[3] 10 kina Bird of Paradise, spear, carved "hour glass" drum (typical for the Highlands and the yearly Goroka Show) Bowl, ring, artifacts Whites printing on all corners of the note
[4] 20 kina Bird of Paradise, spear, carved "hour glass" drum (typical for the Highlands and the yearly Goroka Show) Boar, conches White corners on all corners of the note
Banknotes of the Papua New Guinean kina (1981 issue)
Image Value Obverse Reverse Remarks
[5] 2 kina Bird of Paradise, spear, carved "hour glass" drum (typical for the Highlands and the yearly Goroka Show) Artifacts Full printing on the note except on the watermark area
[6] 5 kina Bird of Paradise, spear, carved "hour glass" drum (typical for the Highlands and the yearly Goroka Show) Mask Full printing on the note except on the watermark area
[7] 10 kina Bird of Paradise, spear, carved "hour glass" drum (typical for the Highlands and the yearly Goroka Show) Bowl, ring, artifacts (1st version): Lighter toned colors used for the full printing of the note except for the watermark area
[8] 10 kina Bird of Paradise, spear, carved "hour glass" drum (typical for the Highlands and the yearly Goroka Show) Bowl, ring, artifacts (2nd version): Darker toned colors used for the full printing of the note except for the watermark area; addition of the registration device on the right side of the note
[9] 20 kina Bird of Paradise, spear, carved "hour glass" drum (typical for the Highlands and the yearly Goroka Show) Boar, conches Full printing on the note except on the watermark area
[10] 50 kina The Parliament building in Port Moresby Prime Minister Michael Somare (1936–2021)
Banknotes of the Papua New Guinean kina (Current issue)
Image Value Obverse Reverse Remarks
[11] 2 kina The Parliament building in Port Moresby Artifacts Printed on polymer and the first two numbers of the serial number give the last two numbers of the year of issue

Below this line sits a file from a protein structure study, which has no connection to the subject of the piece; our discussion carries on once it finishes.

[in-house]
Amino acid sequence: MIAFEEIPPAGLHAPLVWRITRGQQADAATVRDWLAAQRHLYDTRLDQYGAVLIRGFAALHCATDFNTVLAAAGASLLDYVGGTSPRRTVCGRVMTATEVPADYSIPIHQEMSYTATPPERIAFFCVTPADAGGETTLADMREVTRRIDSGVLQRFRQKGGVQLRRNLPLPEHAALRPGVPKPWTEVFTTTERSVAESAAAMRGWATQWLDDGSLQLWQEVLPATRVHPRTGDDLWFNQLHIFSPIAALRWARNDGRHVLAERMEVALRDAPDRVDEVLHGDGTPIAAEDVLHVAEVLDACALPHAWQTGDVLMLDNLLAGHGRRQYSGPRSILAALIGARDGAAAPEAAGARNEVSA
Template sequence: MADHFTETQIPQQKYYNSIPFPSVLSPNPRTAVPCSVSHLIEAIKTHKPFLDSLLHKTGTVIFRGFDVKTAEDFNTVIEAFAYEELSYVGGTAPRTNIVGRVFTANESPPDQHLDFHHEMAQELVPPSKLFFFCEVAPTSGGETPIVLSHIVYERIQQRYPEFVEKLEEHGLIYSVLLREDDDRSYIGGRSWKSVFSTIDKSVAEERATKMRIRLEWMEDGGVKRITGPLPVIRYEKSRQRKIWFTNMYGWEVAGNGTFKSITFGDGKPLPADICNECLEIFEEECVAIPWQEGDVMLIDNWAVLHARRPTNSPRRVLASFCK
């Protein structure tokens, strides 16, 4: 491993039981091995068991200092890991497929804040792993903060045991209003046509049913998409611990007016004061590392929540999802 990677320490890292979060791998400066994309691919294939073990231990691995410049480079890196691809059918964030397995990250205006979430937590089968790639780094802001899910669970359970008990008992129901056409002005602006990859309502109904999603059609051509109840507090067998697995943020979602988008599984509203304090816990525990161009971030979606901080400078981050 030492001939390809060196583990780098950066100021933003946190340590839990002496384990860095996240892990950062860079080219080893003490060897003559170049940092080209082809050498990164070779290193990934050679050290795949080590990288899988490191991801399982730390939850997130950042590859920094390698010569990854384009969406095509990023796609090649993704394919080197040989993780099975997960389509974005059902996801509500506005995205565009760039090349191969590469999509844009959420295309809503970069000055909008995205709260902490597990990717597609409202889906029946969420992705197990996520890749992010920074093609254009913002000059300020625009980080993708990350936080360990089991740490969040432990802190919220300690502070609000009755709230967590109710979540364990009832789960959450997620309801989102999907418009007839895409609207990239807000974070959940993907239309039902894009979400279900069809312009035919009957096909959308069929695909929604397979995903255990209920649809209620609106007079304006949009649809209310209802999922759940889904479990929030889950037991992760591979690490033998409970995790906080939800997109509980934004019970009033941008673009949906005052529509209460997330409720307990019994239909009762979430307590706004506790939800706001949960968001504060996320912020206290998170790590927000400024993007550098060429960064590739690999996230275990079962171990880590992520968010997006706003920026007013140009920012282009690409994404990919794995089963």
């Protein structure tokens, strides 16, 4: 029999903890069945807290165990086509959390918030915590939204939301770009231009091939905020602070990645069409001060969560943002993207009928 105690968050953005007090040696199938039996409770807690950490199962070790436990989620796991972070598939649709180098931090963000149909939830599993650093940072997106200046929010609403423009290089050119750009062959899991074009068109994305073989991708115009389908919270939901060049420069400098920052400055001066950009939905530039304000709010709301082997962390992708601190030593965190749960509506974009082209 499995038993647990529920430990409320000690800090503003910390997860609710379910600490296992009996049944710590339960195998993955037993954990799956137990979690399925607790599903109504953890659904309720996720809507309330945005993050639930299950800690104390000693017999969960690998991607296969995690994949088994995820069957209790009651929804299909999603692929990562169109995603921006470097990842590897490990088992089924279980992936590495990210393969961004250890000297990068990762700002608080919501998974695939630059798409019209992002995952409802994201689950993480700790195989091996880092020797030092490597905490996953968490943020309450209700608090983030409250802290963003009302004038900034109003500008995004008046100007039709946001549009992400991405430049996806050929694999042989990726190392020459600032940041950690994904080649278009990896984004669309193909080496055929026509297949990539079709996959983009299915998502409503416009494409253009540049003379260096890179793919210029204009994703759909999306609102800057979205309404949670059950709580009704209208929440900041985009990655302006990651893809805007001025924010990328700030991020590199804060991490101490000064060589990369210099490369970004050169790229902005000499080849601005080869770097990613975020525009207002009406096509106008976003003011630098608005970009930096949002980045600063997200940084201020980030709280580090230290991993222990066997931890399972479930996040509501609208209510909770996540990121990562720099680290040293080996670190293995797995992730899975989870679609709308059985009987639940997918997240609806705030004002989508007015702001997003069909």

[12] 5 kina The Parliament building in Port Moresby Mask Printed on polymer and the first two numbers of the serial number give the last two numbers of the year of issue
[13] 10 kina The Parliament building in Port Moresby Bowl, Ring and Artifacts Printed on polymer and the first two numbers of the serial number give the last two numbers of the year of issue
[14] 20 kina The Parliament building in Port Moresby Boar, conches Printed on polymer and the first two numbers of the serial number give the last two numbers of the year of issue
[15] 50 kina The Parliament building in Port Moresby Prime Minister Michael Somare Printed on polymer and the first two numbers of the serial number give the last two numbers of the year of issue
[16] 100 kina The Parliament building in Port Moresby Tanker, airplane, truck, radio tower Printed on polymer and the first two numbers of the serial number give the last two numbers of the year of issue

Exchange rate[edit]

Current PGK exchange rates
From Google Finance: AUD CAD CHF CNY EUR GBP HKD JPY USD SGD EUR JPY
From Yahoo! Finance: AUD CAD CHF CNY EUR GBP HKD JPY USD SGD EUR JPY
From XE.com: AUD CAD CHF CNY EUR GBP HKD JPY USD SGD EUR JPY
From OANDA: AUD CAD CHF CNY EUR GBP HKD JPY USD SGD EUR JPY

See also[edit]

History:

References[edit]

  1. ^ "Official exchange rate (LCU per US$, period average) - Papua New Guinea, Australia | Data". data.worldbank.org. Retrieved 17 December 2021.
  2. ^ "Historical Exchange Rates | Bank of Papua New Guinea (PNG) Port Moresby, Papua New Guinea". www.bankpng.gov.pg. Retrieved 17 December 2021.
  3. ^ Bank of Papua New Guinea. "Withdrawal of Large Sized K1 Coin from Circulation" (PDF). Retrieved 16 January 2010.[permanent dead link]
  4. ^ Bank of Papua New Guinea. "Notes and coins of Papua New Guinea - Currency". Retrieved 29 May 2007.
  5. ^ Bank of Papua New Guinea. "50 toea coin". Retrieved 29 May 2007.
  6. ^ Linzmayer, Owen (2012). "Papua New Guinea". The Banknote Book. San Francisco, CA: www.BanknoteNews.com.
  7. ^ "Banknote World - World Currency & Paper Money Collectors". Archived from the original on 25 March 2016. Retrieved 18 December 2010.
  8. ^ Papua New Guinea BanknoteNews.com. Retrieved 2008-04-29.
  9. ^ "Papua New Guinea issues new 2- and 50-kina notes".
  10. ^ "Bank of Papua New Guinea (PNG) Port Moresby, Papua New Guinea".
  11. ^ "Bank of Papua New Guinea (PNG) Port Moresby, Papua New Guinea".
  12. ^ "Bank of Papua New Guinea (PNG) Port Moresby, Papua New Guinea".
  13. ^ "Withdrawal of Paper Banknotes".

Sources[edit]

External links[edit]

Preceded by:
Australian dollar
Reason: independence
Ratio: at par
Currency of Papua New Guinea
19 April 1975 –
Concurrent with: Australian dollar until 1 January 1976
Succeeded by:
Current